I’ve heard a few people say that the most productive programmers are about 100x more productive than the least, but that didn’t seem to ring true to me. The only times that I’ve seen someone taking five months to produce as much as someone else could do in one day, it was a management problem. The low-productivity person was either goofing off or (more commonly) they were working on the wrong thing.
In Joelonsoftware, Joel reports (using data from Professor Stanley Eisenstat at Yale) that he sees about a 3x or 4x difference in the time students put into an assignment (with no effect of grades). However — and this is a big “however” — Prof. Eisenstat depends upon self-reporting from the students. Self-reporting is notoriously inacurate.
I have found it surprisingly hard to find good academic literature that measures productivity. I finally found a 1966 study by Sackman that showed a 28x difference. That number apparently got widely circulated, despite some sloppiness in its methods (as refuted by Dickey in 1981). A response to the concern by Curtis (1981) gave data that showed of about 8x and 13x min:max for two problems if and only if you tossed out one outlier who got stuck and didn’t finish that problem, timing out instead. Keeping the outlier, the 13x changed to 22x.
The outlier made me realize that the difference between the “best” programmer and the “worst” programmer is the wrong measure. You can make that number arbitrarily large by finding the right person to compare against. For example, I will be infinitely more productive than an infant. I will be infinitely more productive than someone who sleeps at his/her desk for their entire workday every day.
I would be far more interested in the standard deviation, or perhaps the productivity difference between the median and the top performer. What is the performance hit if I hire people within two standard deviations of the mean instead of trying for the ones who are better than two sigma above the mean? (This should looked at in conjunction with the cost hit of hiring the absolute best.)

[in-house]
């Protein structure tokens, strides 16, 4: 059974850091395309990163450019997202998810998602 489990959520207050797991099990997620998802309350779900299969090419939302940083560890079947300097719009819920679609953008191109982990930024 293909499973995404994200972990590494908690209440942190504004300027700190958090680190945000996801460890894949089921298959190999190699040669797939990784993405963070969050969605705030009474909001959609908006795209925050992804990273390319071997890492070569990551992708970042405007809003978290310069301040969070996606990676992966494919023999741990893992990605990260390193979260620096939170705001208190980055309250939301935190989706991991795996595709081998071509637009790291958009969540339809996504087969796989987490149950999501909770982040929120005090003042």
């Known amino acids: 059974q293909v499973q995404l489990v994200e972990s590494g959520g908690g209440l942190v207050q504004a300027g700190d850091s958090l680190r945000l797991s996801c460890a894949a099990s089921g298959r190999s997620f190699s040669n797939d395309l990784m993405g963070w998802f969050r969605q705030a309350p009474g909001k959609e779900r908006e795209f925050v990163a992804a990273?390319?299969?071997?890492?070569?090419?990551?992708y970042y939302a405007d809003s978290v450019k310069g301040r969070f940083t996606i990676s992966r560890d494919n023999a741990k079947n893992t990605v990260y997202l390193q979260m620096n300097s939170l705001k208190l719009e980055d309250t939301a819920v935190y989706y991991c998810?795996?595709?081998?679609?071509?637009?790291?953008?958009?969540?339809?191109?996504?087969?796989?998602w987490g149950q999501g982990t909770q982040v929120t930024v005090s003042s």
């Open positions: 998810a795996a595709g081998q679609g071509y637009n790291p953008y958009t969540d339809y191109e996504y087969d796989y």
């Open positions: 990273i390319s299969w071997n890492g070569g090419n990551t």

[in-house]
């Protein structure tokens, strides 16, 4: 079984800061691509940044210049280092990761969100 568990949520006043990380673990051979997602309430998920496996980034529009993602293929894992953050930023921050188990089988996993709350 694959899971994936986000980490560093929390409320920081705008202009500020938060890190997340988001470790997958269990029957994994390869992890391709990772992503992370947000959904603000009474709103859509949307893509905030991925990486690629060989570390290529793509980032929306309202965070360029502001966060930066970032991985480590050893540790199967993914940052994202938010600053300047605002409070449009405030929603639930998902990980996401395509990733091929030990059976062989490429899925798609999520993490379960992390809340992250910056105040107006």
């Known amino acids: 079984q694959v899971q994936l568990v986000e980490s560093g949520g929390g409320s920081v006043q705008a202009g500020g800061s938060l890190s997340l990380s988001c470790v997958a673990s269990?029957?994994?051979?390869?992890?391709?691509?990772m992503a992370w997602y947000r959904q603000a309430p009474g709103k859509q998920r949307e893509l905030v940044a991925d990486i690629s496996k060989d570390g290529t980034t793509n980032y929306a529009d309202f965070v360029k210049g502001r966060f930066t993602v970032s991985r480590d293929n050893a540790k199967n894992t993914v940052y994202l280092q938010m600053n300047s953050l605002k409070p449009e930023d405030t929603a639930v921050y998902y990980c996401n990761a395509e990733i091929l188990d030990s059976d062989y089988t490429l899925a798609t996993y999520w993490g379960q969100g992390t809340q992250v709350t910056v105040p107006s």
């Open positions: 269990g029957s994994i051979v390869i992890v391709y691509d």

This graph shows the time that it took to complete some tasks, and the number of people who took that long. (One person took between 65 and 70 minutes to complete Task 2, for example.)
Using Curtis’ data, I get that the median coder takes 2x or 3x the time that the top coder does for each of Curtis’ two tasks. (It’s not exact because the data was bucketed into five-minute intervals.) Interestingly, this is the same order of magnitude that Prof. Eisenstat found.
Note, however, that Curtis gives measures for one task. Because of regression to the mean, the variation is likely to decrease if you look at a lot of tasks. (Curtis even mentions that the outlier on Task #2 did fine on other tasks.)
The shapes of the curves are interesting: they are skewed to the left, which makes sense: there are limits to how much faster you can get, but not to how much slower you can get. They are also bimodal. This is more intriguing and mysterious, especially since Saeed and Bornat found that grades in intro CS classes are bimodal.
While this data comes from 1981, it’s the best I could find so far. (Please tell me if you have better data!) It’s distressing that we don’t have lots of good data on this — it seems like such fundamental data! However, it is really hard to do good studies like this. Ideally, you’d want a large number of programmers to all work on the same large number of complex problems. Unfortunately, it’s very difficult to get a large number of programmers to spend a large number of hours on non-useful problems.
The big message that I take from this data for my personal use is don’t get stuck. That’s easier said than done, I know. But look at it this way: if I learn new tricks for squeezing out incremental gains — like memorizing all the keyboard shortcuts — that isn’t going to help me nearly as much as not getting stuck. Keyboard shortcuts might give take me from 10 minutes to 9 minutes, but getting stuck can easily take me from 10 minutes to 100 minutes.
Now all I have to do is figure out how to not get stuck.